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Belleville Academy of Immaculate Conception - 1884

The image shown on the left shows all that remained of the Belleville Academy of Immaculate Conception after the horrific fire that totally destroyed the three-story building and claimed 26 lives on January 5, 1884.

In 1846 the Rev. G. H. Ostlangenberg organized a school in the basement of the church for the children of local Catholic families. Although having few competent teachers and very little money, Rev. Ostlangenberg firmly established the school. He was succeeded by Alton Bishop Peter Baltes who took up a collection to build a convent and school for the girls of the congregation. St. Peter's congregation gave $5,000. The citizens of Belleville gave $800 and the Sisters of the Mother House in Milwaukee made up the rest of the $8,437 cost. The building opened its doors with seventy-five pupils on October 5, 1859, as the "Young Ladies' Academy of the Immaculate Conception" under charge of Sister Mary Jerome as Mother Superior who, along with two Sisters that accompanied her, not only had to teach but had to finish and furnish the structure out of their own means.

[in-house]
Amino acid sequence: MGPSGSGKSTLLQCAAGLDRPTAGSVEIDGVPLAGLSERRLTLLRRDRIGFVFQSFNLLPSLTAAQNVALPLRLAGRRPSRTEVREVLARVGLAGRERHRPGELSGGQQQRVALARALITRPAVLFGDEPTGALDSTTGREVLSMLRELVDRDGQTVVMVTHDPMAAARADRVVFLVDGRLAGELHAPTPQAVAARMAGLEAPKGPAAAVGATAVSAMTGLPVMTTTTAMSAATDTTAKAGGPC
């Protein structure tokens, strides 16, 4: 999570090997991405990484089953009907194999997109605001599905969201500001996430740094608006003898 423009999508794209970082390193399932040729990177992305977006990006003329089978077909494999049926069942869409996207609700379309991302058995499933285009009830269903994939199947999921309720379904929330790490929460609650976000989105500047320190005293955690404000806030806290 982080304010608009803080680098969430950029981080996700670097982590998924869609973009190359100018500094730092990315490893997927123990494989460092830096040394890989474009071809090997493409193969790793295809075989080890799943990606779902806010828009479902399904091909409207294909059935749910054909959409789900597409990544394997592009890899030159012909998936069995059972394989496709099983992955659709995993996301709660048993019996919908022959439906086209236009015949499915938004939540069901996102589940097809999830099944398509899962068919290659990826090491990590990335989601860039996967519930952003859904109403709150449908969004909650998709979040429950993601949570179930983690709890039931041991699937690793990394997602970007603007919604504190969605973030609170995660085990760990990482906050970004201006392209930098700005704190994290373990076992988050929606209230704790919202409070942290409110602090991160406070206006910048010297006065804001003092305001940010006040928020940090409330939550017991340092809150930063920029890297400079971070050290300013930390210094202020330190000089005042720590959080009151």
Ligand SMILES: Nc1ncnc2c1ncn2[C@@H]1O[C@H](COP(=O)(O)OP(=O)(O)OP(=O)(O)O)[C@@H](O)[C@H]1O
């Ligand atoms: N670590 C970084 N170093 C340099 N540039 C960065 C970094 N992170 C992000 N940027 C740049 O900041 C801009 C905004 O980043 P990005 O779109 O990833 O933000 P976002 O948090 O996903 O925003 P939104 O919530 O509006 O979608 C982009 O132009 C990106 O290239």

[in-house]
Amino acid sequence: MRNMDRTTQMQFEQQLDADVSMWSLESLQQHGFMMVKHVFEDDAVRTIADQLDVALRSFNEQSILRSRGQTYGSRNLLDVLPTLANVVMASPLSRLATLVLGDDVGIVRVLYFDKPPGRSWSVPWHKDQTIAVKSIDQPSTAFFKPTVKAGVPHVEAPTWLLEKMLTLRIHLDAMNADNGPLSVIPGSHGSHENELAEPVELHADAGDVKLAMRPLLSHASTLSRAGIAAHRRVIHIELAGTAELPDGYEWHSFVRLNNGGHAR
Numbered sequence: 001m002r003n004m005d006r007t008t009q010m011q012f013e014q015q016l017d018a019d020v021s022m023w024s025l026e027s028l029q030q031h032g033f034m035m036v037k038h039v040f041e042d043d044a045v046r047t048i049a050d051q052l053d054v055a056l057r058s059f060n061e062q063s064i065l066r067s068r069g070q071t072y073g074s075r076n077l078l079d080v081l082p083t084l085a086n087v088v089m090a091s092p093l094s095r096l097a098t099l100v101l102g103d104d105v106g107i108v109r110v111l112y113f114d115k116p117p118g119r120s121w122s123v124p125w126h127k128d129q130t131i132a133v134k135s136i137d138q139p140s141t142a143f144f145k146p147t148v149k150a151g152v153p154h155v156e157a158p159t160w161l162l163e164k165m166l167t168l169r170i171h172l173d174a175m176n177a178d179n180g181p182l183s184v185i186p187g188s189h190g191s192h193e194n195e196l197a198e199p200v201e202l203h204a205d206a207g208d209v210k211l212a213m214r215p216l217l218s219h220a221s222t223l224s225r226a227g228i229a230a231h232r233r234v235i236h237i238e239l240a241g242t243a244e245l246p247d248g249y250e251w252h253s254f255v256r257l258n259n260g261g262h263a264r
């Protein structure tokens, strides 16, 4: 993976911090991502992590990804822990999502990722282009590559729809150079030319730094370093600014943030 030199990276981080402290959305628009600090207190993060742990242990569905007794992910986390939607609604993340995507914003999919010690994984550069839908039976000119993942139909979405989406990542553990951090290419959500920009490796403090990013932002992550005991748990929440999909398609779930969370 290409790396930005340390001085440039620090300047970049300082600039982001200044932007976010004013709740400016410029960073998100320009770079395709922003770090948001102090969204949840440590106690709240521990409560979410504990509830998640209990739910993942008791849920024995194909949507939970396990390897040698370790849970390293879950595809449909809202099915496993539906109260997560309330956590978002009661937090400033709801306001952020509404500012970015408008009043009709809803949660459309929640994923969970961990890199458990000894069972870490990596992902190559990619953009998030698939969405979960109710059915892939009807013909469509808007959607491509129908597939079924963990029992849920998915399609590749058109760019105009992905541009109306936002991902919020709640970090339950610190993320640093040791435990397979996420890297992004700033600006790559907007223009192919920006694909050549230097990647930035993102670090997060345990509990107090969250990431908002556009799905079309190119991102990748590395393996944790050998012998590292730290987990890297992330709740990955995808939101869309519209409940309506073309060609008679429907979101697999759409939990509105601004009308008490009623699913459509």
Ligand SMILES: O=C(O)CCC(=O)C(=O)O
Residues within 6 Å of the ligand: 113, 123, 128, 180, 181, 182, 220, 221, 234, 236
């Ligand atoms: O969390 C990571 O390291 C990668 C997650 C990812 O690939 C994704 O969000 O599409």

In volume two of the "Historical Encyclopedia of Illinois," it is written that the institution gradually "increased in magnitude, efficiency and importance and, in time, it became a favorite school with parents desirous that their daughters should have the best opportunities for polite instruction." It's little wonder that four years after opening an addition was added that nearly doubled the building's size. Originally built with dimensions of 107'x40' the structure measured 180'x100' when the massive addition was completed.


- Newspaper Accounts -





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